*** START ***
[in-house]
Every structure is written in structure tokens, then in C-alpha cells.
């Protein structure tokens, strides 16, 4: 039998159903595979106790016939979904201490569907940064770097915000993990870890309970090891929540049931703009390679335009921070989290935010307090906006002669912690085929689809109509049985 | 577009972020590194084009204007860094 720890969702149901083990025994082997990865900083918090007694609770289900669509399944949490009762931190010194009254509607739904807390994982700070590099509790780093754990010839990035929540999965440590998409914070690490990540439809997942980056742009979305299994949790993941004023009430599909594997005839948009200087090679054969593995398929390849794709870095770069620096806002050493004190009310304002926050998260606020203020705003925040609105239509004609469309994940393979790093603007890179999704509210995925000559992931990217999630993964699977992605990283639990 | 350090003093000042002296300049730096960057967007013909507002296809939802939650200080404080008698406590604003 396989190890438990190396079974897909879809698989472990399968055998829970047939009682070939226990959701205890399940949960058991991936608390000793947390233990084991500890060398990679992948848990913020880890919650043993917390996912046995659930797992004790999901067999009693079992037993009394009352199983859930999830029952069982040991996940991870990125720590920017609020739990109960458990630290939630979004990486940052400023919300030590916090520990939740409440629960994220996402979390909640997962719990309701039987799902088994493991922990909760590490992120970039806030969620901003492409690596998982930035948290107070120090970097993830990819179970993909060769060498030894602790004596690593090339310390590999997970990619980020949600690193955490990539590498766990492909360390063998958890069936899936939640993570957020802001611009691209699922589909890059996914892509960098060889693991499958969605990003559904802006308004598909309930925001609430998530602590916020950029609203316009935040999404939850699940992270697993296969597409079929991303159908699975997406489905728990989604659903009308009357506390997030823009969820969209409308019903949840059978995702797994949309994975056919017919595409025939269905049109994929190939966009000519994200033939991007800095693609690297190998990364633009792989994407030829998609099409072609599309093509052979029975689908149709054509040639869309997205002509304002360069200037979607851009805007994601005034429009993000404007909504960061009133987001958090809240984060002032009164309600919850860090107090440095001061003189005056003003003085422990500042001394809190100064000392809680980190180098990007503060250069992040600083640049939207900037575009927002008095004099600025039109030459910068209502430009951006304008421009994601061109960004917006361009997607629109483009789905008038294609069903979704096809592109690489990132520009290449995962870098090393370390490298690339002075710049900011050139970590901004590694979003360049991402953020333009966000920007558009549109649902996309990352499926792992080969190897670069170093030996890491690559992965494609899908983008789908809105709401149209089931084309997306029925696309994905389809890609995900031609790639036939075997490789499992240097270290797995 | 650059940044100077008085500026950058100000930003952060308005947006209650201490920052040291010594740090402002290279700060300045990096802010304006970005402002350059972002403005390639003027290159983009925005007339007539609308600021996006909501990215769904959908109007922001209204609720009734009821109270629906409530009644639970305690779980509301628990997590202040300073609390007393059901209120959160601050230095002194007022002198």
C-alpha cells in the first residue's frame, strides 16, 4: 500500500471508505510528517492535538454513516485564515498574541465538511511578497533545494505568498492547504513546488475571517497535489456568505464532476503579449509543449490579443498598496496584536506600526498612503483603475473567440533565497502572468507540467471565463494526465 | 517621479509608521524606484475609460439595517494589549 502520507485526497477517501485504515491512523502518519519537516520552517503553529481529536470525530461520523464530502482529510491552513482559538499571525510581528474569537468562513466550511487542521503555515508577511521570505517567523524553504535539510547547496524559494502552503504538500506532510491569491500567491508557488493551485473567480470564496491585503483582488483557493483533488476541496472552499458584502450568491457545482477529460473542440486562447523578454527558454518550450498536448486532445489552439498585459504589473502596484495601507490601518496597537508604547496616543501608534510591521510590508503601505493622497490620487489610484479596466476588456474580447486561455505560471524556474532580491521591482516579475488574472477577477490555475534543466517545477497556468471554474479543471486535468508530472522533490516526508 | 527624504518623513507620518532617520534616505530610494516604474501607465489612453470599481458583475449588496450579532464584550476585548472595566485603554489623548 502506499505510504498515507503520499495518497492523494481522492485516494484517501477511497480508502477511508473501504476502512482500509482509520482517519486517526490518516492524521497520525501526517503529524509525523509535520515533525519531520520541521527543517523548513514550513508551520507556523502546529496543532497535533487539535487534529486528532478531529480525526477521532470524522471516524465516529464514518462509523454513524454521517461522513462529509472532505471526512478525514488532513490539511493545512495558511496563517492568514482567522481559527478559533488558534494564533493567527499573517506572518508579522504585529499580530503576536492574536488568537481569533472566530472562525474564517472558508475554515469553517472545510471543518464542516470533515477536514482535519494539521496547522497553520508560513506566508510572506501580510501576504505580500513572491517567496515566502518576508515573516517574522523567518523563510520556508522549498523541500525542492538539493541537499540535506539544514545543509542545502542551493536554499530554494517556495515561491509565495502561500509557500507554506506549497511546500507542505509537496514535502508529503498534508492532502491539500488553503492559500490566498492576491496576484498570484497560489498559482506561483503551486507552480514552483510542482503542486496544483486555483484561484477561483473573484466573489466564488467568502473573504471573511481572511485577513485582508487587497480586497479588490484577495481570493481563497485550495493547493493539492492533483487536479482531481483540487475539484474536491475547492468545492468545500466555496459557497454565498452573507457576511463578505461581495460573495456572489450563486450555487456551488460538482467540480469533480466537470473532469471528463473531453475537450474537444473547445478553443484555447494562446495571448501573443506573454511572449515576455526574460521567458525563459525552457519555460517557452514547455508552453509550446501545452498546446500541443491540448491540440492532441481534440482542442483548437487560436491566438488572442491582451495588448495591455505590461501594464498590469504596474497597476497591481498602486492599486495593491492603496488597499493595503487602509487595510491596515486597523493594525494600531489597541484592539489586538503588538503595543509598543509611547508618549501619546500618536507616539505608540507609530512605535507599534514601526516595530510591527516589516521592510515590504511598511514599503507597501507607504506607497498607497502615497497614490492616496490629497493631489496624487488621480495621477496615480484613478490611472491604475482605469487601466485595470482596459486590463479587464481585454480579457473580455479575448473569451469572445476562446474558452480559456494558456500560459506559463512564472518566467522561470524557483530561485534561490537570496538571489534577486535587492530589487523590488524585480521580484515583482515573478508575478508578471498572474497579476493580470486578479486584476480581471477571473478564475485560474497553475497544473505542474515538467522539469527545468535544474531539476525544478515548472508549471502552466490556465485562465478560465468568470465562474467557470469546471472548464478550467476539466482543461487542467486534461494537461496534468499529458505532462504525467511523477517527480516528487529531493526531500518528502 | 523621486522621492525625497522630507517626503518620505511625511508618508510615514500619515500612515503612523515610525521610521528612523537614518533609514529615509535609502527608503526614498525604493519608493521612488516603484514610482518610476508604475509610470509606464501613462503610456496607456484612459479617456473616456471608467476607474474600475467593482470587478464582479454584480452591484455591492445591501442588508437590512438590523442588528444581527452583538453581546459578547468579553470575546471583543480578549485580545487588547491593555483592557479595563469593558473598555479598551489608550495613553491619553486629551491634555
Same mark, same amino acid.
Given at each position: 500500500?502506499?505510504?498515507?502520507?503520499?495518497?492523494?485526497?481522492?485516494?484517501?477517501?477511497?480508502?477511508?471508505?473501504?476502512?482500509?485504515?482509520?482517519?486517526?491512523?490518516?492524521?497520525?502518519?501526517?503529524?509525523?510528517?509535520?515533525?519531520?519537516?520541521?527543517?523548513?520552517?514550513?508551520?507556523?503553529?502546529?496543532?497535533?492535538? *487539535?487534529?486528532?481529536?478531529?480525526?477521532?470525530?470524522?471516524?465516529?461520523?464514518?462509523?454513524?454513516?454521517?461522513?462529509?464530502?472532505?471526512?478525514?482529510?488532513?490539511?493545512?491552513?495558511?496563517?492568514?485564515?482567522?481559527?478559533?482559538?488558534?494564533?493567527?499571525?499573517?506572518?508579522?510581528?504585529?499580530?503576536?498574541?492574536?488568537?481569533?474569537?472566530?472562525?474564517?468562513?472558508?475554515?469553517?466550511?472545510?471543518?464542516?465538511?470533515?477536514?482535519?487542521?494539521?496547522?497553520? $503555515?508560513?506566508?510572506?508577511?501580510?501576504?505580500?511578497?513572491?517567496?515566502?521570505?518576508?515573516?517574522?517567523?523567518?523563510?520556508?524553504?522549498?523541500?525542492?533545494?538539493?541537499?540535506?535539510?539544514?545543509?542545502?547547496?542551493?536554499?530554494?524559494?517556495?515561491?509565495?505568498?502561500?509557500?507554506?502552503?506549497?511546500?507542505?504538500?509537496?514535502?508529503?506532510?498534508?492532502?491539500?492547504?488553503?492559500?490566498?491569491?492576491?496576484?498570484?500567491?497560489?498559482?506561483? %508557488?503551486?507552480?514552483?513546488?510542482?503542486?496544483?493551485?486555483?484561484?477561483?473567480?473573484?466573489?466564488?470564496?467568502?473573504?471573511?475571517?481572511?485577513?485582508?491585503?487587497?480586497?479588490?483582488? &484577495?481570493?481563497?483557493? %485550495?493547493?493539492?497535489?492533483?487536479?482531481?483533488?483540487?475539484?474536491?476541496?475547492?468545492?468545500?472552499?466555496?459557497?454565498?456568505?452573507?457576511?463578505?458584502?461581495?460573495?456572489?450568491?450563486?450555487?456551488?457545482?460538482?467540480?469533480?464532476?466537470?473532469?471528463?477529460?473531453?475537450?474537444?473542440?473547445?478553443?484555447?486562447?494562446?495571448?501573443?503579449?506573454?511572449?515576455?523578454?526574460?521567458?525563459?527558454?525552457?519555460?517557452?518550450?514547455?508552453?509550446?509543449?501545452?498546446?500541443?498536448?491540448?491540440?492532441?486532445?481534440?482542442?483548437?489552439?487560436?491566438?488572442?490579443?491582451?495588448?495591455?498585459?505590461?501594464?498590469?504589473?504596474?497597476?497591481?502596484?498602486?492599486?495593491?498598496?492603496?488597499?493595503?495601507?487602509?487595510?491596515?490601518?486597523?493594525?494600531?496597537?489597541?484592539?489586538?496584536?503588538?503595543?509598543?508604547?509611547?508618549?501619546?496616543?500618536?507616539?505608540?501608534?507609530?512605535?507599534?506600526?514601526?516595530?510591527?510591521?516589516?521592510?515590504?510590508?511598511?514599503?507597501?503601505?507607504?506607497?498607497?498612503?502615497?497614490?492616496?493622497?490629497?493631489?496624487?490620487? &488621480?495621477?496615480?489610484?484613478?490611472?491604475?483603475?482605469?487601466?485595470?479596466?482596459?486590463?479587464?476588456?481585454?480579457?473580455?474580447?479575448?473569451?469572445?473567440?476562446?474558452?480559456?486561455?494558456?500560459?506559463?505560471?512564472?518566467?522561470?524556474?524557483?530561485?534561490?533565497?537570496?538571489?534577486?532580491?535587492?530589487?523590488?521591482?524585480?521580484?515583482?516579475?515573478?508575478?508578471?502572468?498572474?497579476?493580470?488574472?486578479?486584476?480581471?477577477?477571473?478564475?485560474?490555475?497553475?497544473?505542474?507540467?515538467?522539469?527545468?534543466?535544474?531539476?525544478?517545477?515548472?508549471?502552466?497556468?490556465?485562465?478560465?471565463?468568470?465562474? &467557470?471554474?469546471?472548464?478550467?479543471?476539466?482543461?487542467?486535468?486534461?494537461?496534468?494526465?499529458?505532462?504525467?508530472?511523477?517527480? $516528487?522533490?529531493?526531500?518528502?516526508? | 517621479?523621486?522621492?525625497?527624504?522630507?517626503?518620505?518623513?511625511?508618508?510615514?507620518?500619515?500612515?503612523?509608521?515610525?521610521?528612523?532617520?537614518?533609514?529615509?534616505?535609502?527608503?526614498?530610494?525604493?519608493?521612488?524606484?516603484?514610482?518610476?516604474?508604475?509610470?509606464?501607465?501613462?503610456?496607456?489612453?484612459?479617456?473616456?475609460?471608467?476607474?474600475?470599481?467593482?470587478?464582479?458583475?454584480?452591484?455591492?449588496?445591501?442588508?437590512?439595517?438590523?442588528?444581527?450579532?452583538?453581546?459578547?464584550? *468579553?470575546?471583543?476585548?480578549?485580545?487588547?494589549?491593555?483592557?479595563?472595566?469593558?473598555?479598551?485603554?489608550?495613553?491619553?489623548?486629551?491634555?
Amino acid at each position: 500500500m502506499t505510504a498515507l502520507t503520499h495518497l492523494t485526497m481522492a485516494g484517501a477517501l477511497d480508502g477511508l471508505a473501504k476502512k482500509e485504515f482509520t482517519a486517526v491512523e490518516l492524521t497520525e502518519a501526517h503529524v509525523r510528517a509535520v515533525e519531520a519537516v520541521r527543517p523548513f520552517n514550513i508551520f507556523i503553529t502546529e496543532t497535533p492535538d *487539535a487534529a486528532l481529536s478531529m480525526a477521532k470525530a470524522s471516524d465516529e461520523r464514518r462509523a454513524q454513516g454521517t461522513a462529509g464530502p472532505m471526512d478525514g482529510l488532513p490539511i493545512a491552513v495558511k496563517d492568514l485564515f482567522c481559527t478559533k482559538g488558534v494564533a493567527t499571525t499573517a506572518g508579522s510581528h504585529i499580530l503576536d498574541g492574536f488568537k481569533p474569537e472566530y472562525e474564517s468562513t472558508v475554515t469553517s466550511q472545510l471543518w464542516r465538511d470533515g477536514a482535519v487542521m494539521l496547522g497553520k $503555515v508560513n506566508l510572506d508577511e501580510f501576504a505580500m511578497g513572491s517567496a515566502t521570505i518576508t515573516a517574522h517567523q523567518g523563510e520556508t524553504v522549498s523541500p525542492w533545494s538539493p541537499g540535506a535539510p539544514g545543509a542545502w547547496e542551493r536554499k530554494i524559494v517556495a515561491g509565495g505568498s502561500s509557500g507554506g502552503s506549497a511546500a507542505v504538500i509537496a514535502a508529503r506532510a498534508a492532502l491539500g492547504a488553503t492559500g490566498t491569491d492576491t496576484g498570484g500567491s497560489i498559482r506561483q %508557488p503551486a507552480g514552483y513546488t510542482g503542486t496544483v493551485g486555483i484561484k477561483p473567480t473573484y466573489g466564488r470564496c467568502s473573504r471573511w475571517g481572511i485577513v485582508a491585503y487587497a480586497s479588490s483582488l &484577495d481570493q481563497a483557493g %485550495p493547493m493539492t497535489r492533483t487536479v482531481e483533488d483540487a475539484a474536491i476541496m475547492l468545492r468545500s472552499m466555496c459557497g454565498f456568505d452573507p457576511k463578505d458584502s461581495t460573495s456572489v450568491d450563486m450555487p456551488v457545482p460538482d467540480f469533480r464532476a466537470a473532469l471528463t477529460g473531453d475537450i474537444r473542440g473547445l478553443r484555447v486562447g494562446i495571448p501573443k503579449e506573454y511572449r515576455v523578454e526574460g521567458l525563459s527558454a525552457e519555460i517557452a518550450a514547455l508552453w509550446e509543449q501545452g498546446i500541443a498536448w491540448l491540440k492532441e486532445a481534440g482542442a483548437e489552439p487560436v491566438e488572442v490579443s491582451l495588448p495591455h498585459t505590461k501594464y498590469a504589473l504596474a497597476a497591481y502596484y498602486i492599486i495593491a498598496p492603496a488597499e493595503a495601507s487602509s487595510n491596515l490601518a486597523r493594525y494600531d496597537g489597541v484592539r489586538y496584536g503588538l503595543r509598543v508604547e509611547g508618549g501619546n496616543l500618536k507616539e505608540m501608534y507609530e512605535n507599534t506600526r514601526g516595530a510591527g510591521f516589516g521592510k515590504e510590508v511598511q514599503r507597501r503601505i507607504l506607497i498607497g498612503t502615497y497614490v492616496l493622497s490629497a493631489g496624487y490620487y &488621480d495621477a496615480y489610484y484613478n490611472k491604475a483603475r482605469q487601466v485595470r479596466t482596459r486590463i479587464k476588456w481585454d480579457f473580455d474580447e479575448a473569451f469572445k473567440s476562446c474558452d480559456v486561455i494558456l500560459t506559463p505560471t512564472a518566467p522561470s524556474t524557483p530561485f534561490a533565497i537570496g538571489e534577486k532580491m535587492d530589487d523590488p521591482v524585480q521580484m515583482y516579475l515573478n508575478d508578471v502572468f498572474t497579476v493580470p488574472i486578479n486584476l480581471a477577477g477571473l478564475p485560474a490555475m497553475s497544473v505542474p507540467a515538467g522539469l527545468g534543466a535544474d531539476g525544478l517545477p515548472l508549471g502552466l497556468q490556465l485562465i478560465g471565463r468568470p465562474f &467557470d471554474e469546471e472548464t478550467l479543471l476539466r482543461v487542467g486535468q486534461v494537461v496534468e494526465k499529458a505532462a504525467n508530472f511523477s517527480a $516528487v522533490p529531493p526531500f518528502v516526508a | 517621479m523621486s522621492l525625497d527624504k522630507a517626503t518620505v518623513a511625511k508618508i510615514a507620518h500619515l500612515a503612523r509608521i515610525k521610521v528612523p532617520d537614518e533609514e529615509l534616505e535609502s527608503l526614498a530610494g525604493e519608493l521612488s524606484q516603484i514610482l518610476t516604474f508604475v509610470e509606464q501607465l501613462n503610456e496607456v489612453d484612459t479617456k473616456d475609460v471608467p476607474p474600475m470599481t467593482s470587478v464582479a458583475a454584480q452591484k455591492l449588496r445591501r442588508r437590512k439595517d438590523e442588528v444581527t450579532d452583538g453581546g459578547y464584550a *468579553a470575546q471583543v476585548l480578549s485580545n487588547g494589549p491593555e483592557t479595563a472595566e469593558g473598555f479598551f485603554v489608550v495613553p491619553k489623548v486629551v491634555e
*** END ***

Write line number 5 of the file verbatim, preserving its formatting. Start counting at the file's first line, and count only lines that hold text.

Same mark, same amino acid.